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Shiite Houthi Rebels Tighten Grip On Yemen's Capital

Shiite Houthis wearing Yemeni army uniforms stand guard on a street leading to the presidential palace in Sanaa, Yemen, on Wednesday.
Hani Mohammed AP
Shiite Houthis wearing Yemeni army uniforms stand guard on a street leading to the presidential palace in Sanaa, Yemen, on Wednesday.

Shiite Houthi rebels are in apparent control of all of the major institutions in Yemen's capital, Sanaa, a day after they seized the presidential palace and shelled President Abed Rabbo Mansour Hadi's residence.

The rebels took charge today of a military base that houses ballistic missiles, and they posted guards outside Hadi's residence. The president is unharmed and is inside the house.

On Tuesday, the rebels took control of the TV building and the official news agency, and surrounded the prime minister's house.


Abdel-Malek al-Houthi, the Houthi leader whose followers regard him as a saint, in a televised address on Tuesday called the takeover a revolutionary move. The Associated Press reports that he said his group was merely forcing Hadi to implement a U.N.-brokered agreement that gave the Houthis more power.

Yara Bayoumy, a correspondent for Reuters in Sanaa, told NPR's David Greene that signs of Houthi control are apparent.

"When I went past President Hadi's home this morning, we first saw that the sentry posts where the presidential guard units would normally be were completely empty and, at the entrance of his home, there were a number of Houthi fighters with a military vehicle hanging around," she said.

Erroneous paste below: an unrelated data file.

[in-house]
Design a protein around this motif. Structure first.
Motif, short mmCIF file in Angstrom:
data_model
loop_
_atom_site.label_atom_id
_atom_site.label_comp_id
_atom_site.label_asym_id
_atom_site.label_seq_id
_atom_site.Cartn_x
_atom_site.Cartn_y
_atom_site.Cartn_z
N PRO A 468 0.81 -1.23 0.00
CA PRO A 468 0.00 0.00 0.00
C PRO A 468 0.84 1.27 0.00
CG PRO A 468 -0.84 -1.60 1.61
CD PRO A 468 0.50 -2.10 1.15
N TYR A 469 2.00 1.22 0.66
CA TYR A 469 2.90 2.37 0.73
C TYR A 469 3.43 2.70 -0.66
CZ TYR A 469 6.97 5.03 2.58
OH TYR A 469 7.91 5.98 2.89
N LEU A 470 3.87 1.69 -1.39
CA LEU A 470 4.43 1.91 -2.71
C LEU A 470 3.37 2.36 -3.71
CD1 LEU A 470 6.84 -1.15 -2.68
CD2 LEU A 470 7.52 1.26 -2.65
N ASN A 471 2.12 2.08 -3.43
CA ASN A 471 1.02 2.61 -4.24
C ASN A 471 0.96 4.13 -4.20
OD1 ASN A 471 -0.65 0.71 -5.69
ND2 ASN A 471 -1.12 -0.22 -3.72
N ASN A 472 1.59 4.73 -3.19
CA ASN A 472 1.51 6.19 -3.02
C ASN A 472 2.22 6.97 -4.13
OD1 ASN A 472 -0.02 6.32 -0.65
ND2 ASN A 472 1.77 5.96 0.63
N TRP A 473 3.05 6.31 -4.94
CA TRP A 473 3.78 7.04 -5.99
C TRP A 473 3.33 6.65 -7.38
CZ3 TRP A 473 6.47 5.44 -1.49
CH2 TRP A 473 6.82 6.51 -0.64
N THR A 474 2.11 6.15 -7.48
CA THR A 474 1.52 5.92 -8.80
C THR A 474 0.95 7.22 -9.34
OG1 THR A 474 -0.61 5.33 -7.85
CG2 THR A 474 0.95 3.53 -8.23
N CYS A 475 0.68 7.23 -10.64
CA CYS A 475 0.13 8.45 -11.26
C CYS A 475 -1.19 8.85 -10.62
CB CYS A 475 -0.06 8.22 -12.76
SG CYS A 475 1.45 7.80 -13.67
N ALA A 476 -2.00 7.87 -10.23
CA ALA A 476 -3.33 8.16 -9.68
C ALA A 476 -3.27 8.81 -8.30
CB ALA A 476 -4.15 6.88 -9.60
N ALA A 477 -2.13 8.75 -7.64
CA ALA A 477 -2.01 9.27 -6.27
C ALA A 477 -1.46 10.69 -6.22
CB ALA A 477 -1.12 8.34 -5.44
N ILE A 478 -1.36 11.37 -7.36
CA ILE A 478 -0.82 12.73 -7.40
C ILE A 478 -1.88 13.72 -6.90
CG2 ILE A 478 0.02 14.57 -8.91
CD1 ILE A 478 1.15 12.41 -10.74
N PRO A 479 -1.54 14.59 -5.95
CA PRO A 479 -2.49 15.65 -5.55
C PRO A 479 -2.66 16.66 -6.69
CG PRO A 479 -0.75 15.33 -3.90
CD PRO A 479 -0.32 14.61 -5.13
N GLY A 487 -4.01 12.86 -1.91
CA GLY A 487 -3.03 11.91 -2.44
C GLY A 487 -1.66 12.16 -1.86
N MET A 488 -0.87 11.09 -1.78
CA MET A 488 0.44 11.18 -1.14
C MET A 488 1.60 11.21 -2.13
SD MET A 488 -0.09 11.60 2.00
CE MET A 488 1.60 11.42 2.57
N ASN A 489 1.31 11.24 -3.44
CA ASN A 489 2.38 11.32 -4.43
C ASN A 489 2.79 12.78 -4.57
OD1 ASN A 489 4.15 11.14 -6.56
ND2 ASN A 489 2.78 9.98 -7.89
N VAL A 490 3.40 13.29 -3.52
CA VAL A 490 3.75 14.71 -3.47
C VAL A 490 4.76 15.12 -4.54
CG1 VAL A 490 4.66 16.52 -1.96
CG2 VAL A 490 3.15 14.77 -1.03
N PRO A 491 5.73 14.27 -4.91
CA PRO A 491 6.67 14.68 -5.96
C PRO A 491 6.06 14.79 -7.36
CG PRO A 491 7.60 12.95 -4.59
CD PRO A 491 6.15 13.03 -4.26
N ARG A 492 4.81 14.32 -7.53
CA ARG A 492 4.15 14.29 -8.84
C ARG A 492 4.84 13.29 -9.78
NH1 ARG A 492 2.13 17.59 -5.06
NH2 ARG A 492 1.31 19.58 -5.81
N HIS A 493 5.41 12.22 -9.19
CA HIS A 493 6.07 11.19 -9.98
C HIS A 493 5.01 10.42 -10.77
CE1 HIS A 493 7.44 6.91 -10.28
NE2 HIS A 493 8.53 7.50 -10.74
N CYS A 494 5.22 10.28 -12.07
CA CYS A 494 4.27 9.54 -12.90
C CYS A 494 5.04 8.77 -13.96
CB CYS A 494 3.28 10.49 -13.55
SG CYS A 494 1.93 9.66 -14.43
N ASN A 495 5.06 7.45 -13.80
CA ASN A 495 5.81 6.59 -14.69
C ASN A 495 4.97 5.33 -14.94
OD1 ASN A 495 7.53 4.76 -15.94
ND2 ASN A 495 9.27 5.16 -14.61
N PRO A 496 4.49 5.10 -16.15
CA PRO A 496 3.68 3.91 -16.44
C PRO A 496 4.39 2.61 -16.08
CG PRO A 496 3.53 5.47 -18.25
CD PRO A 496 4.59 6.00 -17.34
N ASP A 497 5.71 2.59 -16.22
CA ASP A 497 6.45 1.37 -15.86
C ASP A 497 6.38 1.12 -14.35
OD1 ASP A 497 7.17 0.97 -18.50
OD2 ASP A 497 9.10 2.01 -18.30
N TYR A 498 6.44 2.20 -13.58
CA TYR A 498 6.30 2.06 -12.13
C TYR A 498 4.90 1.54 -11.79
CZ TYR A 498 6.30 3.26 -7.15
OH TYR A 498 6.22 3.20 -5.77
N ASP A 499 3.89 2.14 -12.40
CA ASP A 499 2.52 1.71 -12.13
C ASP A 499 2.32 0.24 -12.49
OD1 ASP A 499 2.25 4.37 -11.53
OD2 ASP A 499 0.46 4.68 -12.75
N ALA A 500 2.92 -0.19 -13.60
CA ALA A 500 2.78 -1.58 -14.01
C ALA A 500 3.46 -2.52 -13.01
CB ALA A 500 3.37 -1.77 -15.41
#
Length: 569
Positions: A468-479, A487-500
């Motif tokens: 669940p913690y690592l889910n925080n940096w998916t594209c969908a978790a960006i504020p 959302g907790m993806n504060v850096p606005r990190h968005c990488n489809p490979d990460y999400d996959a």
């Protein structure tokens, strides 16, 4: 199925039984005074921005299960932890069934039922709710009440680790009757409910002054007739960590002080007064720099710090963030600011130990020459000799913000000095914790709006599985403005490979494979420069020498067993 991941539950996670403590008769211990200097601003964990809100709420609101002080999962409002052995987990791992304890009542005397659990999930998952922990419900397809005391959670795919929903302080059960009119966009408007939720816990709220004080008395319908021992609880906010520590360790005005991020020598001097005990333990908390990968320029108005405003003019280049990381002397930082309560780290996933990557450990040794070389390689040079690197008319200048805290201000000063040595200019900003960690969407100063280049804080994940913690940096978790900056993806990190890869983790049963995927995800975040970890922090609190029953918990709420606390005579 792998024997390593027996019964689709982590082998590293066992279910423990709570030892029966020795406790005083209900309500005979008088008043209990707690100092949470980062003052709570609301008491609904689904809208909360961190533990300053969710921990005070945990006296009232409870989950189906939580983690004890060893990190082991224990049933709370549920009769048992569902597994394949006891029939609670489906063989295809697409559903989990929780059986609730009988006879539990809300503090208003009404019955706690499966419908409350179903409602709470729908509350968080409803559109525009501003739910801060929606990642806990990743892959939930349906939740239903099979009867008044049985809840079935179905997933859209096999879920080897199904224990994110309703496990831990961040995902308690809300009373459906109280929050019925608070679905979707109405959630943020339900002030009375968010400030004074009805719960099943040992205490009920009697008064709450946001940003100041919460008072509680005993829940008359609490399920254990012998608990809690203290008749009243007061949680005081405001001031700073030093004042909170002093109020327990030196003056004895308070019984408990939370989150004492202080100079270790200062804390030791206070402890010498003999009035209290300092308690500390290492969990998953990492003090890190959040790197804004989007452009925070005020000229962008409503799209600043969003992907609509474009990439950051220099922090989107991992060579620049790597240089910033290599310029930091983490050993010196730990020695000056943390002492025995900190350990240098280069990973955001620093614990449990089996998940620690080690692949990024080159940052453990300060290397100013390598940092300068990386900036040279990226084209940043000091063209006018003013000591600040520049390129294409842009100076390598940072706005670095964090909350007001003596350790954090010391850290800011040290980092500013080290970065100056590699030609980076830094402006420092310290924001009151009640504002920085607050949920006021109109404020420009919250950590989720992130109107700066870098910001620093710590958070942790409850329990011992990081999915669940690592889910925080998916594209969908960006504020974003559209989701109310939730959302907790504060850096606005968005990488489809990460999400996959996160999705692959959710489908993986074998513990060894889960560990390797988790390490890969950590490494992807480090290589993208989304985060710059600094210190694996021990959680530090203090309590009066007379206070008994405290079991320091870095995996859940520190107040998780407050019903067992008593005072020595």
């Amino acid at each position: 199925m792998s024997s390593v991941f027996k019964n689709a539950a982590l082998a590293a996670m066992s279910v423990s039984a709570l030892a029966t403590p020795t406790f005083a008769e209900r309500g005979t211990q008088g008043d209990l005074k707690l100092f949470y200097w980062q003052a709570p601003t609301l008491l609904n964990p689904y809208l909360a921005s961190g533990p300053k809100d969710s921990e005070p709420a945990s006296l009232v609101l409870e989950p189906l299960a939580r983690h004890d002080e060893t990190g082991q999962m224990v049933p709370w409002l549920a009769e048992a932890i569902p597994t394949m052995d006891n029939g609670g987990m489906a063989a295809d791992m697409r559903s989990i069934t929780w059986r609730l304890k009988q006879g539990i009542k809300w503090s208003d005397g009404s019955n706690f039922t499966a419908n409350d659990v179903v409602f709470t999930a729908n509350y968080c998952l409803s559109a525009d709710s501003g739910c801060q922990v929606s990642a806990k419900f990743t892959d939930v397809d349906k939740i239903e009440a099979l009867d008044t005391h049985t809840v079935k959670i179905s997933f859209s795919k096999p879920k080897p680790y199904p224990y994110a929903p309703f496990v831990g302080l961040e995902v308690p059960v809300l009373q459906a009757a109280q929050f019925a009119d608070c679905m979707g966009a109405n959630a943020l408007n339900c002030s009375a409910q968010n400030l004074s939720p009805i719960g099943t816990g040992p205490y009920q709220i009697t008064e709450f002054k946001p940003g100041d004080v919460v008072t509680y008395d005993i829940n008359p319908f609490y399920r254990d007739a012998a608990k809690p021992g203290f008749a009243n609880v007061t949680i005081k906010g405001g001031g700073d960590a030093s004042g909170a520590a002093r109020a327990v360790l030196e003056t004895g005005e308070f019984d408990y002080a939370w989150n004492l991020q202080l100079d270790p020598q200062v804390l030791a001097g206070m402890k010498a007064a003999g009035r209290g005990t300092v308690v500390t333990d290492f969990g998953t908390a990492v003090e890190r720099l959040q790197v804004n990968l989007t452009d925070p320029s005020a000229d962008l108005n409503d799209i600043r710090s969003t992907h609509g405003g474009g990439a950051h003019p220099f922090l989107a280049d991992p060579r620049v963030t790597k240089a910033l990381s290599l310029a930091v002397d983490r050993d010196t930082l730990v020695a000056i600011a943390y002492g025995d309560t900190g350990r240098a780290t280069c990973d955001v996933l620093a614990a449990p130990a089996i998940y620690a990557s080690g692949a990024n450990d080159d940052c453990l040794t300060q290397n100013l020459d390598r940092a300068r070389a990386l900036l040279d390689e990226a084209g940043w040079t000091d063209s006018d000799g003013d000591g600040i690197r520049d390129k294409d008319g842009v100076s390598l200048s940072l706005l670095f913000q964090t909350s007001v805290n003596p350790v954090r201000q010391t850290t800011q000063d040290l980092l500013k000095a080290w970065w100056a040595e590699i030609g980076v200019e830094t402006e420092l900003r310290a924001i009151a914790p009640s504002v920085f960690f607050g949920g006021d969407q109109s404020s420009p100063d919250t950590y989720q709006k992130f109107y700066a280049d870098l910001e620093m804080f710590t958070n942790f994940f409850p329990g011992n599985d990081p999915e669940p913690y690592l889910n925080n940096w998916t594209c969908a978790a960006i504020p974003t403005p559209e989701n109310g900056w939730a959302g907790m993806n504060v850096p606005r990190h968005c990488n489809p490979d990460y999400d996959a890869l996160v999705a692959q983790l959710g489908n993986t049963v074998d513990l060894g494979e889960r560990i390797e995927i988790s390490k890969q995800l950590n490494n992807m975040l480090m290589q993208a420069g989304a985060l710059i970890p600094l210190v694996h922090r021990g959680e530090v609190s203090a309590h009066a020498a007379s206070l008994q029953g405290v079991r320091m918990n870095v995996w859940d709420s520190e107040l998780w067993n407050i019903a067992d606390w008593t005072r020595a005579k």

She added: "In general, it would be accurate to say that the Houthis are in control of all of the major institutions in the capital."

The Houthis, who follow a strain of Shiite Islam that is close to the dominant Sunni strand of Islam, were created as a movement in 2004. They have called for greater autonomy for the north of Yemen and for the past year have pushed south toward the capital, capturing territory. The group is considered to be close to Iran. Last September, the Houthis reached Sanaa and took control of the city.


"When they took over the capital ... it really took everyone by surprise," Bayoumy said. "And I spoke to a diplomatic source. He told me if they were in control at 60 or 70 percent back in September, they are now 100 percent."

As NPR's Greg Myre reported, the Houthis and the government reached a deal after September's takeover that allowed the rebels to control parts of Sanaa.

Yemen is a key ally of the U.S. and was recently described by President Obama as a success story in the war on terrorism. Hadi has worked with the U.S. to target al-Qaida in the Arabian Peninsula, which is widely seen as the most dangerous al-Qaida franchise and which claimed responsibility for the deadly Jan. 7 attack on the French satirical weekly Charlie Hebdo.

The Houthis are apparently anti-U.S. — with "Death to America" and "Death to Israel" signs at their checkpoints — but they are also anti-al-Qaida, and have been fighting the group in other parts of Yemen.

"They launched a major campaign against al-Qaida in the province of Beqaa," reporter Iona Craig told NPR's Audie Cornish on Tuesday. "And [there has also been] ... a sharp increase in attacks by al-Qaida targeting the Houthis and now trying to push Yemen into a second sectarian conflict."

Yemen, like much of the Muslim world, is predominantly Sunni. The Shiite Houthis live mostly in the north. In protests against the unrest, authorities in Aden, which is the main city in southern Yemen, closed the airport; the port in Aden was also closed.

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